There were stirrings of discontent in Sheffield when the astonishing sight of Tent City appeared this autumn, amid the concrete jungle of slowly redeveloping Park Hill Flats.

We’ve all noticed the rise in homelessness. Shivering, huddled masses creep nightly into any alcove that offers shelter from the elements. A caring young man called Anthony Cunningham formed L.I.F.E. (A New Beginning) to take direct action with accommodation in a growing number of tents. This created both attention and sanctuary, a temporary near-sanity away from dangerous life on the streets.

These flats are only partly redeveloped. Most still stand empty, like thousands of other properties. As resident Jan Dobbernack says, “Park Hill is a symbol for previous attempts to create a just society, with decent living conditions and housing for everyone. It is shameful that we need the Tent City to remind us of this history.” When the camp began, empty balconies and walkways of Park Hill Flats, where people had been sleeping, were hurriedly boarded up. Resident Rosie Huzzard, in solidarity with the campers, says this smacked of social cleansing.

There’s a large, shadow demographic of homeless or precariously housed people in our city. In the maelstrom of a personal hell, it’s no surprise that people with problems gravitate to welcoming alternative spaces like Tent City. Among these are some who would receive mental health care in a kinder world. Community centres, churches and squats know this scenario. Capitalism excludes the poor from a social life among its glistening gilded palaces of entertainment. In our messed-up world, the investment decisions of the ultra-rich elite can throw countless lives into terminal decline across the world.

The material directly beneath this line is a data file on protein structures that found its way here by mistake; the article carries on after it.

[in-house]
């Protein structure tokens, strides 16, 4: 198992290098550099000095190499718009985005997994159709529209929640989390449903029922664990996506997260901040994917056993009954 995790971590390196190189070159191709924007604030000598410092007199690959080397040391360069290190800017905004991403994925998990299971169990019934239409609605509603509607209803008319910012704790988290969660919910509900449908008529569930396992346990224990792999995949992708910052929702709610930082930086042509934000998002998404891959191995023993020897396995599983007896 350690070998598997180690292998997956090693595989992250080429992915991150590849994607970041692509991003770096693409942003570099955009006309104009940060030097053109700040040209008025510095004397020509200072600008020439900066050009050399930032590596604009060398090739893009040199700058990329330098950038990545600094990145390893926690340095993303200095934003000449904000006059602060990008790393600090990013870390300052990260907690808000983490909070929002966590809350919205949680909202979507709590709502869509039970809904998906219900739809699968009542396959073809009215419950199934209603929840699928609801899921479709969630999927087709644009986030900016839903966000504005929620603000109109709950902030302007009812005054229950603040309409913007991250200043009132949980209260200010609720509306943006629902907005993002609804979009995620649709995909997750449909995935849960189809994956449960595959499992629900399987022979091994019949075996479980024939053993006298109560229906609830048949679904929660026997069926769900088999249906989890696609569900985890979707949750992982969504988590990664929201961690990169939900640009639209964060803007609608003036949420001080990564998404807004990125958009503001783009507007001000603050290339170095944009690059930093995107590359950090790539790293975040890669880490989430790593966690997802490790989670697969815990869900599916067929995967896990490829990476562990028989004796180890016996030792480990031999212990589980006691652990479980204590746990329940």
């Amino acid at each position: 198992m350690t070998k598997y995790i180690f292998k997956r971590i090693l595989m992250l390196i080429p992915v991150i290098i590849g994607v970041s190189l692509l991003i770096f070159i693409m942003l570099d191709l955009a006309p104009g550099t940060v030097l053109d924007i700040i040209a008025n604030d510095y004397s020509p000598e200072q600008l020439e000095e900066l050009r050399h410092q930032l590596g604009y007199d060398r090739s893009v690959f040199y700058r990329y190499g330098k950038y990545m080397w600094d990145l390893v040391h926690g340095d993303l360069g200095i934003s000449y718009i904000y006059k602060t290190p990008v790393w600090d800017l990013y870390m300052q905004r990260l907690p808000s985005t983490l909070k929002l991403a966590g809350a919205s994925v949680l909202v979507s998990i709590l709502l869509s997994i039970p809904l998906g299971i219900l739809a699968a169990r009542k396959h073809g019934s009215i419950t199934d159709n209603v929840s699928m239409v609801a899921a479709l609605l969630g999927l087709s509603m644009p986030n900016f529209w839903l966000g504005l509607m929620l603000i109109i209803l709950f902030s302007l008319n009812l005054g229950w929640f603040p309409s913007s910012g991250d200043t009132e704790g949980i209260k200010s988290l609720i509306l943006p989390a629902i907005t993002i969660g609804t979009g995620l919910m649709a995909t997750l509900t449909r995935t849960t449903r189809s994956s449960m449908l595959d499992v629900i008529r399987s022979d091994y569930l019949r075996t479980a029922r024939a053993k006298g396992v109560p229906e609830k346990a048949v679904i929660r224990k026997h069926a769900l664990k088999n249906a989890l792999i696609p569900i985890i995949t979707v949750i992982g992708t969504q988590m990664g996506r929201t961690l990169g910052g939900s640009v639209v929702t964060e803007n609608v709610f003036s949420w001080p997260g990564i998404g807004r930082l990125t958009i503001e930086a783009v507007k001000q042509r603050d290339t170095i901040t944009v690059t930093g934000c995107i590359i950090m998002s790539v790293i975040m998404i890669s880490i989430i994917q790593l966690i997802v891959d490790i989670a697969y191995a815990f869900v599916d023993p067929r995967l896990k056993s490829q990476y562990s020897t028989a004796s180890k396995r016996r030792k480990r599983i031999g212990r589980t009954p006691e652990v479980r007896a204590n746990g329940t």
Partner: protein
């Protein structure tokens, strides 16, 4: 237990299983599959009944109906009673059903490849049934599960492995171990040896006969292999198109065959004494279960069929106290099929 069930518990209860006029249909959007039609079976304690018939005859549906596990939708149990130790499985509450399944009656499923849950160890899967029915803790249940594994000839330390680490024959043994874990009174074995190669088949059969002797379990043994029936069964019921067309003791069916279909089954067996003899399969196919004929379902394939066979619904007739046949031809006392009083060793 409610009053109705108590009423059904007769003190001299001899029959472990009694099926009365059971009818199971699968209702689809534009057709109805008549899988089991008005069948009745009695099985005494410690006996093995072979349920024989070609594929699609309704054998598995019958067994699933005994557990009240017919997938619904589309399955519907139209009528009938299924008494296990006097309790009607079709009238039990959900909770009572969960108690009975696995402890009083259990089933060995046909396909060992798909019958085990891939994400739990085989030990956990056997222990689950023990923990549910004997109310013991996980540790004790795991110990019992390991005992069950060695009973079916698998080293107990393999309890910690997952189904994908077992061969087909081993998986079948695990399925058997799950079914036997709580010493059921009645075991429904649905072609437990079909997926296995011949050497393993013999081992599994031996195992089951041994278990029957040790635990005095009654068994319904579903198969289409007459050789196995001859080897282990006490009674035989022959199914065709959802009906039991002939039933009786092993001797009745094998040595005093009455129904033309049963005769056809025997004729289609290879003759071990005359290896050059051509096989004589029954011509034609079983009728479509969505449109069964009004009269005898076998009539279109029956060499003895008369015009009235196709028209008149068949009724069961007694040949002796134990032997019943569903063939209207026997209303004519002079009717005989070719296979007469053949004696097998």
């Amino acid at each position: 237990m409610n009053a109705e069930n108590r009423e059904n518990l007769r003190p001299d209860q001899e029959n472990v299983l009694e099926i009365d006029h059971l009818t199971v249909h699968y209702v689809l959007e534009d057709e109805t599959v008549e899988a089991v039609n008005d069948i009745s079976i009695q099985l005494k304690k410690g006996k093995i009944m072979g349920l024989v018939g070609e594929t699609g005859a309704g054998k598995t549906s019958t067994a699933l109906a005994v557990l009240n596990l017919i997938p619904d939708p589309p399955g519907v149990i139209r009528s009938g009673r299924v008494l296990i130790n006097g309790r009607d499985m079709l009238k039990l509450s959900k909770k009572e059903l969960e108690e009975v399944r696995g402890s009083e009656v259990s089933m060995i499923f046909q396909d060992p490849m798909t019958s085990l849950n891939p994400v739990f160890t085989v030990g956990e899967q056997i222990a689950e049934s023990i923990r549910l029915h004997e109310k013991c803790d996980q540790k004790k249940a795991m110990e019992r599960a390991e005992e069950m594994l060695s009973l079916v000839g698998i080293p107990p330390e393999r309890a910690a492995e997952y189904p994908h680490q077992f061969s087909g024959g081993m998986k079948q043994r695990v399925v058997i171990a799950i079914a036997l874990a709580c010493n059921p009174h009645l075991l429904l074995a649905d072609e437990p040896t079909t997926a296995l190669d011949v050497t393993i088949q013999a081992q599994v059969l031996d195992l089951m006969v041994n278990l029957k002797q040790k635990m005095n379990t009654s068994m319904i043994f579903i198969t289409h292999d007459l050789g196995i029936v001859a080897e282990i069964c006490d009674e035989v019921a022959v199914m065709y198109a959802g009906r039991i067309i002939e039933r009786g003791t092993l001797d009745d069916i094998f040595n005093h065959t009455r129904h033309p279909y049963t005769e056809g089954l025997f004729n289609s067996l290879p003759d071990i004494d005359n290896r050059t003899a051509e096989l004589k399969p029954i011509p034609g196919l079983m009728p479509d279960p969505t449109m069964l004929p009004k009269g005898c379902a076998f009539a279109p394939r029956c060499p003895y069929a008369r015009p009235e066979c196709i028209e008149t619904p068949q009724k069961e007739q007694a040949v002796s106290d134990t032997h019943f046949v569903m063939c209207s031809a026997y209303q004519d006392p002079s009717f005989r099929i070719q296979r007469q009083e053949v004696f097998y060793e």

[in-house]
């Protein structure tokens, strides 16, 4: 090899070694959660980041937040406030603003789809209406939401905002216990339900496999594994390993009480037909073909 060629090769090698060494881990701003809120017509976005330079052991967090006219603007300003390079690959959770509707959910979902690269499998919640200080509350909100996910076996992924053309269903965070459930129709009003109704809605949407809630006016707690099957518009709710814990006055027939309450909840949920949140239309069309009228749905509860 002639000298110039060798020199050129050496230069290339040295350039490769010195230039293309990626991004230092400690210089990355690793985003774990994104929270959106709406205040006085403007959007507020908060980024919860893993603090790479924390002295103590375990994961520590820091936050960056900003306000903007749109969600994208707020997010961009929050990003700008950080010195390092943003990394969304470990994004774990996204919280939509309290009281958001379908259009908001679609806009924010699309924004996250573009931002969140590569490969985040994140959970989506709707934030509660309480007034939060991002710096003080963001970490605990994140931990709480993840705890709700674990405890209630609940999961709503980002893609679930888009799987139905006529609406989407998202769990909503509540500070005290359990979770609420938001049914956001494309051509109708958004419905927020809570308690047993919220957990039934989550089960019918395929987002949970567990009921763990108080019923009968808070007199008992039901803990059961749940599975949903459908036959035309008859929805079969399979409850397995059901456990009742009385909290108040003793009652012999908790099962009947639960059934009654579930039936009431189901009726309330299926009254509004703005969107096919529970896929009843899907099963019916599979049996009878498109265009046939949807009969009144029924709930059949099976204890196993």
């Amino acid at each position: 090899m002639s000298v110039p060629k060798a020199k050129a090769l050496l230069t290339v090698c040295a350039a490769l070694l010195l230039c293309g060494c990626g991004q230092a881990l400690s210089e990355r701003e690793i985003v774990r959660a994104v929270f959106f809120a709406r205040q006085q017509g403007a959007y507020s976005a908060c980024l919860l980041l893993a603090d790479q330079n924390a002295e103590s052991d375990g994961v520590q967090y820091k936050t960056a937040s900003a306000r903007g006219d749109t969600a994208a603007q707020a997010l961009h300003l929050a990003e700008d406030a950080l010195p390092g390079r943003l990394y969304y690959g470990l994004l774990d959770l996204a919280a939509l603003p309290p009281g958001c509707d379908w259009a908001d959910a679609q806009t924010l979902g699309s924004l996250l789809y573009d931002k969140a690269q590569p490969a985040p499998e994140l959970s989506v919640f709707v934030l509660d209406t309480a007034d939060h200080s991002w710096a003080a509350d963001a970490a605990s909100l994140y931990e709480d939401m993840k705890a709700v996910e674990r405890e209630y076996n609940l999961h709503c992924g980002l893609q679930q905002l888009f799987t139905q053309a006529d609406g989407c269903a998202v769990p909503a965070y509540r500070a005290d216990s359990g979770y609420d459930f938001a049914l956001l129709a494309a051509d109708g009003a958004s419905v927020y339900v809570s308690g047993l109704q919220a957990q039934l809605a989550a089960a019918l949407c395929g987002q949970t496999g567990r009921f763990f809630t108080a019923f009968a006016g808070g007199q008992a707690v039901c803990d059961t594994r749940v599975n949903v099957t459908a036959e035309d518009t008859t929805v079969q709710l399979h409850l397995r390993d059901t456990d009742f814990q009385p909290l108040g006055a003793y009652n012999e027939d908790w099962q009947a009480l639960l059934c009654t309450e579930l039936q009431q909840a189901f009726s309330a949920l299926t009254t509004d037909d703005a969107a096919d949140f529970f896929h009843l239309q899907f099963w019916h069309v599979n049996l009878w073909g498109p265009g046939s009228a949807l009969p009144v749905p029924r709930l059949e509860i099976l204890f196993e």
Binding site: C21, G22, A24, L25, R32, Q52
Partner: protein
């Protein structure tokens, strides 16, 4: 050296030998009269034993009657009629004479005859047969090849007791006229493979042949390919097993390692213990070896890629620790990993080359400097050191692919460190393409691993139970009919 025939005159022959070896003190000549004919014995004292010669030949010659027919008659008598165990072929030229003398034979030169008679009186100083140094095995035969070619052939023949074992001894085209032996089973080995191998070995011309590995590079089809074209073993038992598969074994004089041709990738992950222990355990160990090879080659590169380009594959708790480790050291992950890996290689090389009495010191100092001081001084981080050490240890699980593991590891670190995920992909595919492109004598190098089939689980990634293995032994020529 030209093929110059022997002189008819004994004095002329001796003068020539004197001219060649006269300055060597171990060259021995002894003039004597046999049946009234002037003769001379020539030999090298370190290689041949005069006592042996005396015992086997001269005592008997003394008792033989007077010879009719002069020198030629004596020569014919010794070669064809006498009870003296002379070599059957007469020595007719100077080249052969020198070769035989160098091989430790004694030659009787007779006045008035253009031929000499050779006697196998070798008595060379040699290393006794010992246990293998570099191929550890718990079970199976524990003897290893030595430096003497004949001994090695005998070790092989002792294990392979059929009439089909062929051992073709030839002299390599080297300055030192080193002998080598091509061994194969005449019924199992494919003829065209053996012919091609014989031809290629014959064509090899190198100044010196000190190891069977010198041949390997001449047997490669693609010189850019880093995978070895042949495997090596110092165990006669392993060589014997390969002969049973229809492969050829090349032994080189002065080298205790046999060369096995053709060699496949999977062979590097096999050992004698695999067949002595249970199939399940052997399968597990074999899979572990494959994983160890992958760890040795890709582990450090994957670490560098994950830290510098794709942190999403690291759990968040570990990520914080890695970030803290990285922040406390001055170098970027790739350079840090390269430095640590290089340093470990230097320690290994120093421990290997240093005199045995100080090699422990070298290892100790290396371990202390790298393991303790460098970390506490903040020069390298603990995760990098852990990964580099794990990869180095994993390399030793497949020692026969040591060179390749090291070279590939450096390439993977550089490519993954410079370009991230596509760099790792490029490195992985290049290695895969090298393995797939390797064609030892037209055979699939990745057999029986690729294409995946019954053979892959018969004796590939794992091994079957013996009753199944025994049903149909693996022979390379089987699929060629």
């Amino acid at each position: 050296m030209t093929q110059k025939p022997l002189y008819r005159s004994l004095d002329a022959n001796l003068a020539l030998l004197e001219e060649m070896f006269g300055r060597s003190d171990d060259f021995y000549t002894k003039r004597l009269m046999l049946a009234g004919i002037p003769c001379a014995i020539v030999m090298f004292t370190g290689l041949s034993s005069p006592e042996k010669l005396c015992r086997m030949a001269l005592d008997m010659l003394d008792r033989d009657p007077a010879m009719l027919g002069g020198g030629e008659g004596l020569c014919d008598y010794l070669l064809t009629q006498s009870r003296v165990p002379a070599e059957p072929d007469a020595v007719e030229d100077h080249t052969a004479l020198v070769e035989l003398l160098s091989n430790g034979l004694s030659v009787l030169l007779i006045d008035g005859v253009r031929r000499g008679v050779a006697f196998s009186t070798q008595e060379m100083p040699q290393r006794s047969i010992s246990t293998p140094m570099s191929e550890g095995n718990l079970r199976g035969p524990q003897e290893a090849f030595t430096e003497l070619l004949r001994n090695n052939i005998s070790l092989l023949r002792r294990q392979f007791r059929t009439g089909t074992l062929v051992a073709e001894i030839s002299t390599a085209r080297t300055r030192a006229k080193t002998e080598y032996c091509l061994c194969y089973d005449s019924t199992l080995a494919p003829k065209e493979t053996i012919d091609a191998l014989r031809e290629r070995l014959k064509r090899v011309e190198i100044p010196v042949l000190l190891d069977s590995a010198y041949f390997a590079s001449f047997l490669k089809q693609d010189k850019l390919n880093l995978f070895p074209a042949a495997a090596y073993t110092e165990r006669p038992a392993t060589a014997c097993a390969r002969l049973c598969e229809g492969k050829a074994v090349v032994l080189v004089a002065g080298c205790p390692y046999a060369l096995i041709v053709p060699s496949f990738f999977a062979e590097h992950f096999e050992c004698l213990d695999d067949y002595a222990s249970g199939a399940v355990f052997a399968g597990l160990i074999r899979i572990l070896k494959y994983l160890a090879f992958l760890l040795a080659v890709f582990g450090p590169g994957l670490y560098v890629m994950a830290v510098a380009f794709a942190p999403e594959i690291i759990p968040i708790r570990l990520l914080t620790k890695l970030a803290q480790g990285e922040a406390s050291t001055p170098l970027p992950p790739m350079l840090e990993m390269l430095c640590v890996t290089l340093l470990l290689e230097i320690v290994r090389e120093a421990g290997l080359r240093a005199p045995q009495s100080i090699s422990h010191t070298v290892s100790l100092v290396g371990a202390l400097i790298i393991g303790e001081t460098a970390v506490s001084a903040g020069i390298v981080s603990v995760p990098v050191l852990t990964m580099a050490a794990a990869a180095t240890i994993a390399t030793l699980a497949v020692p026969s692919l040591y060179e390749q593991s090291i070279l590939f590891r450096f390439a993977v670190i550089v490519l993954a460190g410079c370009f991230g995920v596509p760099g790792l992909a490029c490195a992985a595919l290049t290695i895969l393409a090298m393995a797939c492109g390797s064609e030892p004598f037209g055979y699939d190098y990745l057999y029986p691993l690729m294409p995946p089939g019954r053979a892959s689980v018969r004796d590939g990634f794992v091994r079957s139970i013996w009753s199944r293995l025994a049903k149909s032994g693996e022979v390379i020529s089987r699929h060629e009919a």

There’s an echo here of the Occupy camp outside Sheffield Cathedral, protesting at the cruel austerity programme imposed after speculator-gamblers crashed the finance industry’s pack of cards, not long ago. Now the situation’s worse. Shelter estimates that 120,000 children will be homeless this Christmas, and the same people are still in charge. Boris Johnson pledged to end rough sleeping in London by 2012. Instead it doubled. Until last month, he was arguing over sharing use of a ‘grace and favour’ home. Just to be clear, that’s not office space – it’s a free-to-use 115-room mansion and grounds, with entertainment costs paid for by taxpayers. It’s another world for some, but it’s got to change.

The Big Issue was launched to help homeless people 25 years ago. Its name is appropriate. As you get into a warm bed tonight, think about how much of your life would just stop without a roof over your head. Home’s a basic human need, even more so in the cold Sheffield winter. Having to sit and beg for food money isn’t a lifestyle choice, it’s a disgrace in the 21st century.

City authorities did take notice of Tent City, moving the final residents into accommodation on the same day that Sheffield hit the headlines for Amey’s controversial night-time operation to cut down trees on Rustlings Road. A good day to bury bad news?

The camp has gone, but homelessness has not. The volunteer group is now working on a night shelter and day hub, and many other Sheffield charities exist to ease the pain. Please help if you can with things like sleeping bags, toiletries, food, money, and by speaking to homeless people as human beings. It could just as easily be you or me.

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Redback Charity Gig
Fri 16 Dec | 8pm | Crookes Social Club, Mulehouse Road, S10 1TD
Get your dancing shoes on to support the busy charity ASSIST, which helps to support refused asylum seekers who are left destitute by our government. Cheery 8-piece Sheffield band Redback play a lively selection of Motown, classic soul and pop.
assistsheffield.org.uk

Sheffield Needs A Payrise March & Rally
Sat 17 Dec | 1pm | Devonshire Green
Millions are struggling on poverty pay rates. Come and join workers and unionists pushing for a £10 per hour real living wage and a decent future. Organised by Sheffield Trades Council. #Sheff4Ten

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